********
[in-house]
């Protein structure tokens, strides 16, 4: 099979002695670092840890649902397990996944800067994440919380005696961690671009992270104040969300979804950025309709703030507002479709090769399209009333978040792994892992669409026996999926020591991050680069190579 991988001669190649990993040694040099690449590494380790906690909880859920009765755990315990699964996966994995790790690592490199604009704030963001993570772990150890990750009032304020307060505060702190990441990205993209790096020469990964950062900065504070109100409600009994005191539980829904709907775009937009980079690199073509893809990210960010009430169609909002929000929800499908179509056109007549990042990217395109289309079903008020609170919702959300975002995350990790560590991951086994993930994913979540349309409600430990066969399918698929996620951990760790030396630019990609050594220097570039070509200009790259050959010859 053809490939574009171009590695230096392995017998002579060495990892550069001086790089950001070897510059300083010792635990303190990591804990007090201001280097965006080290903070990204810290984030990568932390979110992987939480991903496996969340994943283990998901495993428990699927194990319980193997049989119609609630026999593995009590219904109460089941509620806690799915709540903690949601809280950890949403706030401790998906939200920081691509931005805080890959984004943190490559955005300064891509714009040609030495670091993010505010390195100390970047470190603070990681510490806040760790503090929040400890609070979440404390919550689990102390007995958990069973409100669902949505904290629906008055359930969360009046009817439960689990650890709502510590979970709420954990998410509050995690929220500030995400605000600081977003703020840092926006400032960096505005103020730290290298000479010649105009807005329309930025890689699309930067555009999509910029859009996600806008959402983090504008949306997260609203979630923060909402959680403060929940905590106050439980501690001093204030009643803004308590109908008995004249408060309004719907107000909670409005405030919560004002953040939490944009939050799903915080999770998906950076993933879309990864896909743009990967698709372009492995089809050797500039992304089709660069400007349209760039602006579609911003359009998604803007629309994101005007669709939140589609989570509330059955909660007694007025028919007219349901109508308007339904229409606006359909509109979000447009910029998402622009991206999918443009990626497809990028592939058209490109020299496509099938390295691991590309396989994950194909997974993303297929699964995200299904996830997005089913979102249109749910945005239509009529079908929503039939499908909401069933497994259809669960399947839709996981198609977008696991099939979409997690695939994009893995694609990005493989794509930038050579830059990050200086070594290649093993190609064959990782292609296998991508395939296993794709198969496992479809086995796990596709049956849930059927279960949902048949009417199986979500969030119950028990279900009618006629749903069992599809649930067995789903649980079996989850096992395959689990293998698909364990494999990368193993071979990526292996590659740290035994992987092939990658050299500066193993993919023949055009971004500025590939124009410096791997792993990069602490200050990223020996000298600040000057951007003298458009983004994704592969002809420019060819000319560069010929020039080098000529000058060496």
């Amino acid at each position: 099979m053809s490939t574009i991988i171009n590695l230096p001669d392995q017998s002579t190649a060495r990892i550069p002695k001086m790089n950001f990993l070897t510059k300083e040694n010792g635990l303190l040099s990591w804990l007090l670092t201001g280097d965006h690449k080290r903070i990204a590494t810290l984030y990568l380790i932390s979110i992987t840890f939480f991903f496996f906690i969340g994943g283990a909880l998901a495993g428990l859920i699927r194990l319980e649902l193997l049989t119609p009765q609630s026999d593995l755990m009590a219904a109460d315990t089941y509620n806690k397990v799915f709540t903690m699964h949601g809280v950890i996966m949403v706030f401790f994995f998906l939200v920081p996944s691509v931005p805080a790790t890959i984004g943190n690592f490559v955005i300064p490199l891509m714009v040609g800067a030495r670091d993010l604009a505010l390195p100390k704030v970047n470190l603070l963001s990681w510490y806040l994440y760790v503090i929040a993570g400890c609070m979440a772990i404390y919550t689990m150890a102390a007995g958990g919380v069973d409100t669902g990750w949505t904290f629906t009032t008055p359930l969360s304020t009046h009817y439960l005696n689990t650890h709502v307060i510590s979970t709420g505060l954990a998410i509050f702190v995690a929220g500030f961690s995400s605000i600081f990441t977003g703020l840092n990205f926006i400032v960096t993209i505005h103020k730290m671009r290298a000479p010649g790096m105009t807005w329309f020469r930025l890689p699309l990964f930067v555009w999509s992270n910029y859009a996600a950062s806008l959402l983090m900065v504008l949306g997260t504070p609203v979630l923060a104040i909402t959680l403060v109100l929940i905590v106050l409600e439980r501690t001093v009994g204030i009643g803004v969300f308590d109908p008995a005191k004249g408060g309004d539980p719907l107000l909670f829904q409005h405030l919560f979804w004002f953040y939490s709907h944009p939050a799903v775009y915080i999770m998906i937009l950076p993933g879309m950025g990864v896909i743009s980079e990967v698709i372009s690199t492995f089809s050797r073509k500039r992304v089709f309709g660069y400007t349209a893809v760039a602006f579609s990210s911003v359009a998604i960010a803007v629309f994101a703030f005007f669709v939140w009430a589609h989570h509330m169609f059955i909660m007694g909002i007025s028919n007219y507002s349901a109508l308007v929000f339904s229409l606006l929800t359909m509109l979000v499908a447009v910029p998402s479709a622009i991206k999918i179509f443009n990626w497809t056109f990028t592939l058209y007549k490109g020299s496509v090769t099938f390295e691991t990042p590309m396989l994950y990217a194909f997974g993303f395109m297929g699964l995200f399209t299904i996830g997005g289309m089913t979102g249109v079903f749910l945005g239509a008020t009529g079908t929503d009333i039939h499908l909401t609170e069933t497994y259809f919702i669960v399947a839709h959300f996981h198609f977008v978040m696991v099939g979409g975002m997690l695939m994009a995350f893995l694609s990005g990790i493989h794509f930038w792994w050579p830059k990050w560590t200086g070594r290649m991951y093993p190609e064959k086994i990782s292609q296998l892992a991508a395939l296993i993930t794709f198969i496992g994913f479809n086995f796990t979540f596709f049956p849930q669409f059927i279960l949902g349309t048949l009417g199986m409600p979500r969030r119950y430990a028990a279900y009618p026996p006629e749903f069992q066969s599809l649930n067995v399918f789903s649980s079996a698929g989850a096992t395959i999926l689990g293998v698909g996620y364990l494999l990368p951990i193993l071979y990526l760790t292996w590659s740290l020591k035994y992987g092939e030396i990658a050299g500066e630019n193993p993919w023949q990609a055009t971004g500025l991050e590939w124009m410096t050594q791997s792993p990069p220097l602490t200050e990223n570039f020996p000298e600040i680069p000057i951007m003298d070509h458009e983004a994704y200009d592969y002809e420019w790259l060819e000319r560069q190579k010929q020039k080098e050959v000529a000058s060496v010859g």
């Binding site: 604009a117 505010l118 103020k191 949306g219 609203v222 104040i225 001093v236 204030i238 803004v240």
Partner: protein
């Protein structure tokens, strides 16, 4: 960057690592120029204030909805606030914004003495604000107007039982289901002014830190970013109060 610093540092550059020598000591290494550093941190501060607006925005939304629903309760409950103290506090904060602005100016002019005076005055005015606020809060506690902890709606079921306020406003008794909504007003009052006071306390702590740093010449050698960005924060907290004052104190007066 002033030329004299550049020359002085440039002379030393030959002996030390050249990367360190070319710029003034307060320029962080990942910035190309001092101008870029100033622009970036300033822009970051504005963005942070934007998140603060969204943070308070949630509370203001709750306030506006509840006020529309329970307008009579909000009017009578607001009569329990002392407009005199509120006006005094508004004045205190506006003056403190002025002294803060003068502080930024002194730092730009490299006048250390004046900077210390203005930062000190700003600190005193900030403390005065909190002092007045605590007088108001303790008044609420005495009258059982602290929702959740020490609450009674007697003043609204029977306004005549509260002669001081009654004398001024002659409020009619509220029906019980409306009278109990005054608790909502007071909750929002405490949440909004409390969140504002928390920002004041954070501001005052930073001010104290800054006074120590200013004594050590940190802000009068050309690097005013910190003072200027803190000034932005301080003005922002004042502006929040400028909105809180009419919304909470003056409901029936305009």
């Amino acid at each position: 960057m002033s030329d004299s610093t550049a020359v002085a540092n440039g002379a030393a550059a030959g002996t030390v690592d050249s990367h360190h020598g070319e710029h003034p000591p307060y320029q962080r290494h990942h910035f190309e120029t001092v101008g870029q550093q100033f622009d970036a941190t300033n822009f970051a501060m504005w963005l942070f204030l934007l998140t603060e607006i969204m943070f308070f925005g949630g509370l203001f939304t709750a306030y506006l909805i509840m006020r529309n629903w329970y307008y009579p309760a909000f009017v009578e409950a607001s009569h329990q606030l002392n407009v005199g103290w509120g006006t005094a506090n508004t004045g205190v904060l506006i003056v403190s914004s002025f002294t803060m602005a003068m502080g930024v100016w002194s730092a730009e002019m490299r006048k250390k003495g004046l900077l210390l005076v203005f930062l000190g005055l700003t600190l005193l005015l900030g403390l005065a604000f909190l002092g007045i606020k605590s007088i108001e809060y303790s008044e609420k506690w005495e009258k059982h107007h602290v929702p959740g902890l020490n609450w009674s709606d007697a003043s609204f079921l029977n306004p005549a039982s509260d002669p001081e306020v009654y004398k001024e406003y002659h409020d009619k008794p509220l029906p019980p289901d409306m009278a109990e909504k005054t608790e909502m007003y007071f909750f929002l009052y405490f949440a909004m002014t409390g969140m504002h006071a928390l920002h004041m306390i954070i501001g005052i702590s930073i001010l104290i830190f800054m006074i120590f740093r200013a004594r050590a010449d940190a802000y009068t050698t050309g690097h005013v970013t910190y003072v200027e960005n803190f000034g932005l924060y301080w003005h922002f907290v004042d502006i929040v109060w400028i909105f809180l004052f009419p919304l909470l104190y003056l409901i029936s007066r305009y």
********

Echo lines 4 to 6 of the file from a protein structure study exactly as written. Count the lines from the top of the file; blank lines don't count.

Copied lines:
């Binding site: 604009a117 505010l118 103020k191 949306g219 609203v222 104040i225 001093v236 204030i238 803004v240």
Partner: protein
């Protein structure tokens, strides 16, 4: 960057690592120029204030909805606030914004003495604000107007039982289901002014830190970013109060 610093540092550059020598000591290494550093941190501060607006925005939304629903309760409950103290506090904060602005100016002019005076005055005015606020809060506690902890709606079921306020406003008794909504007003009052006071306390702590740093010449050698960005924060907290004052104190007066 002033030329004299550049020359002085440039002379030393030959002996030390050249990367360190070319710029003034307060320029962080990942910035190309001092101008870029100033622009970036300033822009970051504005963005942070934007998140603060969204943070308070949630509370203001709750306030506006509840006020529309329970307008009579909000009017009578607001009569329990002392407009005199509120006006005094508004004045205190506006003056403190002025002294803060003068502080930024002194730092730009490299006048250390004046900077210390203005930062000190700003600190005193900030403390005065909190002092007045605590007088108001303790008044609420005495009258059982602290929702959740020490609450009674007697003043609204029977306004005549509260002669001081009654004398001024002659409020009619509220029906019980409306009278109990005054608790909502007071909750929002405490949440909004409390969140504002928390920002004041954070501001005052930073001010104290800054006074120590200013004594050590940190802000009068050309690097005013910190003072200027803190000034932005301080003005922002004042502006929040400028909105809180009419919304909470003056409901029936305009």